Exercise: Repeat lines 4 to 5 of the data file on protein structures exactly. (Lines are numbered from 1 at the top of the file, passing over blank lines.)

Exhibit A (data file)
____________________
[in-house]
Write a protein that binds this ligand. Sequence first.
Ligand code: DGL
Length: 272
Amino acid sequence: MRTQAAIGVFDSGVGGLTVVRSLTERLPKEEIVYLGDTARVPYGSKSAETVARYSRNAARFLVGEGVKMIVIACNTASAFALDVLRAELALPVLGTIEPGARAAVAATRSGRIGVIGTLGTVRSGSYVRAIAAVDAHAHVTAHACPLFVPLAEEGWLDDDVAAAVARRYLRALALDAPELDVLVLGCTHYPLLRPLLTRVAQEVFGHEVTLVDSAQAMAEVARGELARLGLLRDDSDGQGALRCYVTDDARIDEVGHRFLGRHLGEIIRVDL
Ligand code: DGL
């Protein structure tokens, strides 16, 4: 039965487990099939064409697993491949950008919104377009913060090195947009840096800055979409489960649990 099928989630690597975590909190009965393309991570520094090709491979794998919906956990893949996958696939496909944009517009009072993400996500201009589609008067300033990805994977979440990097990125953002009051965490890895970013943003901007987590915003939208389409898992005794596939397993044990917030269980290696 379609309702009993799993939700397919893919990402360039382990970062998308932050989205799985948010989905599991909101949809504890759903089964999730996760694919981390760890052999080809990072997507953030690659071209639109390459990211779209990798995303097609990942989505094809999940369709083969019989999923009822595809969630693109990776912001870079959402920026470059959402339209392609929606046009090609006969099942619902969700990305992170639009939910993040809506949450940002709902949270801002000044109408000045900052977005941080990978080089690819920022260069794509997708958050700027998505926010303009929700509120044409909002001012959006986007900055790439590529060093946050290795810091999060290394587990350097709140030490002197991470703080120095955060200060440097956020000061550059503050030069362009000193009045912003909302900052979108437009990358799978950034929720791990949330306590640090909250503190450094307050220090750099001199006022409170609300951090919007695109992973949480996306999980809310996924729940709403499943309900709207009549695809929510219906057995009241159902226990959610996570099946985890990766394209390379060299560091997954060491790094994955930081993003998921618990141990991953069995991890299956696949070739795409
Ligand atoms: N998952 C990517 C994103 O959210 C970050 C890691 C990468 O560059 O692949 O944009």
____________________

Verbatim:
Length: 272
Amino acid sequence: MRTQAAIGVFDSGVGGLTVVRSLTERLPKEEIVYLGDTARVPYGSKSAETVARYSRNAARFLVGEGVKMIVIACNTASAFALDVLRAELALPVLGTIEPGARAAVAATRSGRIGVIGTLGTVRSGSYVRAIAAVDAHAHVTAHACPLFVPLAEEGWLDDDVAAAVARRYLRALALDAPELDVLVLGCTHYPLLRPLLTRVAQEVFGHEVTLVDSAQAMAEVARGELARLGLLRDDSDGQGALRCYVTDDARIDEVGHRFLGRHLGEIIRVDL